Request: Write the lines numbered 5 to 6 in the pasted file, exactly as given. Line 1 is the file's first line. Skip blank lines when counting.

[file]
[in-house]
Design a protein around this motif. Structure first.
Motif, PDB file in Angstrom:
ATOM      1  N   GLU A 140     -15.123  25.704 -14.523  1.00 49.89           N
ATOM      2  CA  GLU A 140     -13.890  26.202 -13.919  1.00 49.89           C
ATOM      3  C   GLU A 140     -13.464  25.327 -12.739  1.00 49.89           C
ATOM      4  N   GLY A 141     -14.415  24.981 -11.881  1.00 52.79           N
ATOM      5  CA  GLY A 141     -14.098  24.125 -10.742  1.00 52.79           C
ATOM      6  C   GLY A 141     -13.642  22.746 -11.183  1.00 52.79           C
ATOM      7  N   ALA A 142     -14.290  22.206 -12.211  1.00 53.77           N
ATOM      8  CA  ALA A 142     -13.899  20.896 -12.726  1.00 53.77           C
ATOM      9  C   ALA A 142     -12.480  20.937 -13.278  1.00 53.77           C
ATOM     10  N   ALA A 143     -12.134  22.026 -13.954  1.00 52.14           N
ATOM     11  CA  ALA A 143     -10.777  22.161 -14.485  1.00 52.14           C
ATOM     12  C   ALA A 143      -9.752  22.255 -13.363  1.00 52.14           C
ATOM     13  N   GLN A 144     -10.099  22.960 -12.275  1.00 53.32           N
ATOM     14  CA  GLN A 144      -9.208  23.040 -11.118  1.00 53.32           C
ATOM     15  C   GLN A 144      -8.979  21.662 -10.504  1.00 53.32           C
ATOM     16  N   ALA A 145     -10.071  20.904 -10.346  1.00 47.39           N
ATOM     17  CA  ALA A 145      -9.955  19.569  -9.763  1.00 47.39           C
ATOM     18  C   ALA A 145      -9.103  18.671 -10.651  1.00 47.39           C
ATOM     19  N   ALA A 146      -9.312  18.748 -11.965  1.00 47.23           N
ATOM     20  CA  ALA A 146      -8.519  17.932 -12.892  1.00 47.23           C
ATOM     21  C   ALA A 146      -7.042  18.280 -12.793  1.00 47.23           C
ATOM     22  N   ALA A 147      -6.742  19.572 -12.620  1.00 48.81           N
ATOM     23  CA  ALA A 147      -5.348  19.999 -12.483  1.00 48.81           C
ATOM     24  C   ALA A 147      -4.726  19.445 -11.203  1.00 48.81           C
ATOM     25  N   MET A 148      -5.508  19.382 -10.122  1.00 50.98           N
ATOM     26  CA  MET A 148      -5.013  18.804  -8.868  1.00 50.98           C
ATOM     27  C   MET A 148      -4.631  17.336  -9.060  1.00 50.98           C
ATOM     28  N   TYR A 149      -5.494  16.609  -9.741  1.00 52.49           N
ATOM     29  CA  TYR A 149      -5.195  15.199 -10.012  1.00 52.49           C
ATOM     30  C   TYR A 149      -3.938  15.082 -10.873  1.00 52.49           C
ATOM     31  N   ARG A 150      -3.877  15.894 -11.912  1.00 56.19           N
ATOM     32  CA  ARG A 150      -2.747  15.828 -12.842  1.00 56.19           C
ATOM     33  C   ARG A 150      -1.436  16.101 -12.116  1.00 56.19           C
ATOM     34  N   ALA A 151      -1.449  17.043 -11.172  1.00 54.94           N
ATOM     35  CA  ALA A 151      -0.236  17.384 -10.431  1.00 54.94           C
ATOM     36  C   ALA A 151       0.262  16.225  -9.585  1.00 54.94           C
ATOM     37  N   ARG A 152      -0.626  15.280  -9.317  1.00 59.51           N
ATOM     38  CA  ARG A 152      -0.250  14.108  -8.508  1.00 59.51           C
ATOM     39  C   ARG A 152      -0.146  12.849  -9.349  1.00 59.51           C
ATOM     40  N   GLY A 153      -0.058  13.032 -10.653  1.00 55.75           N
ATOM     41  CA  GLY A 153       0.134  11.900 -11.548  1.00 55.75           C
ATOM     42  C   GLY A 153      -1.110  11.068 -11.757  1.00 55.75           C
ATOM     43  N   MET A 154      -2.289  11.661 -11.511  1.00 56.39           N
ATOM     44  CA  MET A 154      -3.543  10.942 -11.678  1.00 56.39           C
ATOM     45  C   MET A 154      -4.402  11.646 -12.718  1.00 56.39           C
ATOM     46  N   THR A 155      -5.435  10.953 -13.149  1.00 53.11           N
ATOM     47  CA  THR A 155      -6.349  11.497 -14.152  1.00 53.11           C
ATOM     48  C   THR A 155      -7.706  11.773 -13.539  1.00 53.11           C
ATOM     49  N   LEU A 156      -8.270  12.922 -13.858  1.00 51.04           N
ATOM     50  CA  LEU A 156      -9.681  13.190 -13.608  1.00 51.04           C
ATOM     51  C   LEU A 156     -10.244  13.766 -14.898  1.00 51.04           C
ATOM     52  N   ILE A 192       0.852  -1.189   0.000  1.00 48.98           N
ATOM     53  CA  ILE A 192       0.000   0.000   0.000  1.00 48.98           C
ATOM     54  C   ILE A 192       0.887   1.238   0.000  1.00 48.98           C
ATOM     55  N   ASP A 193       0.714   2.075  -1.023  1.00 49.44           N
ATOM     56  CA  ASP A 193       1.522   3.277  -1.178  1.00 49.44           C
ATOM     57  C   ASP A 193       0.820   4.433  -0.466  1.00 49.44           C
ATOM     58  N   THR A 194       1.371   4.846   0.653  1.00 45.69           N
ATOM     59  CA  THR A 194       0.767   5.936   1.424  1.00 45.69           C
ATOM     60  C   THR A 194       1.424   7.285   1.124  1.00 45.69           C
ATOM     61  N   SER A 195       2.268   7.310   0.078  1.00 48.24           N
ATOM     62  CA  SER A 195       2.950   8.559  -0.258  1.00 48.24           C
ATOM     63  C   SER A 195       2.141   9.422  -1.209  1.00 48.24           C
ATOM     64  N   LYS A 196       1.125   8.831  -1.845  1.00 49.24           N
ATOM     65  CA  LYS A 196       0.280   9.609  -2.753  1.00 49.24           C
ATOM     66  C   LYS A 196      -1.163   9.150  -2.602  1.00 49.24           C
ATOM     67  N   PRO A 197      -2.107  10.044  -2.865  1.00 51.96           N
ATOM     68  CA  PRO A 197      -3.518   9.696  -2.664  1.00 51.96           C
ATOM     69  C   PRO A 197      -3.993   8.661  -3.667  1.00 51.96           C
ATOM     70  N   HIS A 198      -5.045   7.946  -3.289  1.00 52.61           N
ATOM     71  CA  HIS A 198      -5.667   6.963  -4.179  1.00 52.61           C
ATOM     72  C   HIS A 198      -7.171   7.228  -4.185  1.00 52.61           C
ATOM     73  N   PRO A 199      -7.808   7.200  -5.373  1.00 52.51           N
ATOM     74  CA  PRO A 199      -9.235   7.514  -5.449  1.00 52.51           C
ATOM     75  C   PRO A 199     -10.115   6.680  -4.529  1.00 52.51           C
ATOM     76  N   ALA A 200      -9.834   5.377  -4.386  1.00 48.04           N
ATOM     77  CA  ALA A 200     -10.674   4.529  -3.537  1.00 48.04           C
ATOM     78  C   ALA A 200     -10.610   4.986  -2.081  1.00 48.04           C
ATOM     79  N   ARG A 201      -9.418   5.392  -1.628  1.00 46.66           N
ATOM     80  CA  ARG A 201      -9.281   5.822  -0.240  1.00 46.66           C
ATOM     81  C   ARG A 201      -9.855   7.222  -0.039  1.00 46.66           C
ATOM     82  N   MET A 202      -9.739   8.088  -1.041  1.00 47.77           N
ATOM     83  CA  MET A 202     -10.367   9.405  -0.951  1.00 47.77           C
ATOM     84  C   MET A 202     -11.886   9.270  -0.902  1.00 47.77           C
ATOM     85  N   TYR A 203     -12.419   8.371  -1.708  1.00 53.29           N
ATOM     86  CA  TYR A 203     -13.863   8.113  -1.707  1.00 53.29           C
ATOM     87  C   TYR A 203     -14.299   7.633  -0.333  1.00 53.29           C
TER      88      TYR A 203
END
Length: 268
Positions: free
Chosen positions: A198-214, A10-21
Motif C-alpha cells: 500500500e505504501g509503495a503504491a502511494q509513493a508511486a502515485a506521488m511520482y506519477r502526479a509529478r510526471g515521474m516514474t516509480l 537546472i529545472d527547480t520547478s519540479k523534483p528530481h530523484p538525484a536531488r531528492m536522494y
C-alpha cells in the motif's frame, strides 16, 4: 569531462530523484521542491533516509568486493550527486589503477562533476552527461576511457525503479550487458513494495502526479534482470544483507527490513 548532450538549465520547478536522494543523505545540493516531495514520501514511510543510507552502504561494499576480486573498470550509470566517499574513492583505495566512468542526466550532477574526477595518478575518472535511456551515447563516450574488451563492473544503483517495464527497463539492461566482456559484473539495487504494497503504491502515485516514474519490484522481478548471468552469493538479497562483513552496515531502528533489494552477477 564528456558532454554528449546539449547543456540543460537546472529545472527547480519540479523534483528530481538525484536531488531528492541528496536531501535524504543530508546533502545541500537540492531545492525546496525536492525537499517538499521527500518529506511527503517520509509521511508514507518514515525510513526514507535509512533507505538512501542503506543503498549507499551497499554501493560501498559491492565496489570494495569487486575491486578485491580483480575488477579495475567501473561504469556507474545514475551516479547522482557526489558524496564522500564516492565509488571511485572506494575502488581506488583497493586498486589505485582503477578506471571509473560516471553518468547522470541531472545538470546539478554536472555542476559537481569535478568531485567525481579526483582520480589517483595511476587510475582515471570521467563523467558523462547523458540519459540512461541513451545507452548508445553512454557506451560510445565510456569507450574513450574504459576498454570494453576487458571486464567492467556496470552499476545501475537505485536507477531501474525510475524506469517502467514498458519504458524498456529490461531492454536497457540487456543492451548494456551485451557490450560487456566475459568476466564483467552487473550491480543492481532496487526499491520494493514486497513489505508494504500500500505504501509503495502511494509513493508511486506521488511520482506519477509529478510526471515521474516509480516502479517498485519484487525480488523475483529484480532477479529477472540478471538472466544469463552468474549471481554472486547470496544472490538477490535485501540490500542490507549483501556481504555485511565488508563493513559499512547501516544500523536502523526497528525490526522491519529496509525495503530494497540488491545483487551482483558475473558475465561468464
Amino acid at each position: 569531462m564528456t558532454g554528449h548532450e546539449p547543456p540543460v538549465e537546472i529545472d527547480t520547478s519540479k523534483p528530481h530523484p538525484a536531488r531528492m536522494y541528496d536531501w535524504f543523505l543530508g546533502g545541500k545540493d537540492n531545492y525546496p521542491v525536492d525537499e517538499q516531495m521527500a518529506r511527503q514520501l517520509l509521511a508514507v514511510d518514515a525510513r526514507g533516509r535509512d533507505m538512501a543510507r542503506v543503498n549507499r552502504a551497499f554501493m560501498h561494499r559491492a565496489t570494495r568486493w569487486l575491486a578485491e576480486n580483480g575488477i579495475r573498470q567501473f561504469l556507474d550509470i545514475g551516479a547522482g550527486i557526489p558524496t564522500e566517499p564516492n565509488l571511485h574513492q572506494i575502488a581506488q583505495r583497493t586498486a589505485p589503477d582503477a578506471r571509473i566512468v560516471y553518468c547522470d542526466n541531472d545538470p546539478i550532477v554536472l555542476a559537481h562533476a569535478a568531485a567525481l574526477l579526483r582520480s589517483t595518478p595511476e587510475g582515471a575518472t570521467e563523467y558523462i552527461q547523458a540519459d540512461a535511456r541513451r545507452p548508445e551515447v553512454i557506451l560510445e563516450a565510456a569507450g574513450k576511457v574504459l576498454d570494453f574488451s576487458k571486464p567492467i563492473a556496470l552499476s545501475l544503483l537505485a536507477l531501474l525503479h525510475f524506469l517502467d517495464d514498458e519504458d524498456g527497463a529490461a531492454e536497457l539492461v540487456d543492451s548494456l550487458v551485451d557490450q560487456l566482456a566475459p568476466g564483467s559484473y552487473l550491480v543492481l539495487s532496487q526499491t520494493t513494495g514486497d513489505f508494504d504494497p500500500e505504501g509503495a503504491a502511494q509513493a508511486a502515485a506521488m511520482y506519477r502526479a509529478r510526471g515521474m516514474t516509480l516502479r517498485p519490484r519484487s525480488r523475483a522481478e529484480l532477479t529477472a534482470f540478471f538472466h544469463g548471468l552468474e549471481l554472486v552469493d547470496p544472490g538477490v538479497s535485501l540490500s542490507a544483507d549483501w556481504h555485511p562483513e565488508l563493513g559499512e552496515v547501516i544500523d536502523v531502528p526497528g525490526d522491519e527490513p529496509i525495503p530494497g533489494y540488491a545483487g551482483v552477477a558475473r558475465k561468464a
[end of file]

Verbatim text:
ATOM      2  CA  GLU A 140     -13.890  26.202 -13.919  1.00 49.89           C
ATOM      3  C   GLU A 140     -13.464  25.327 -12.739  1.00 49.89           C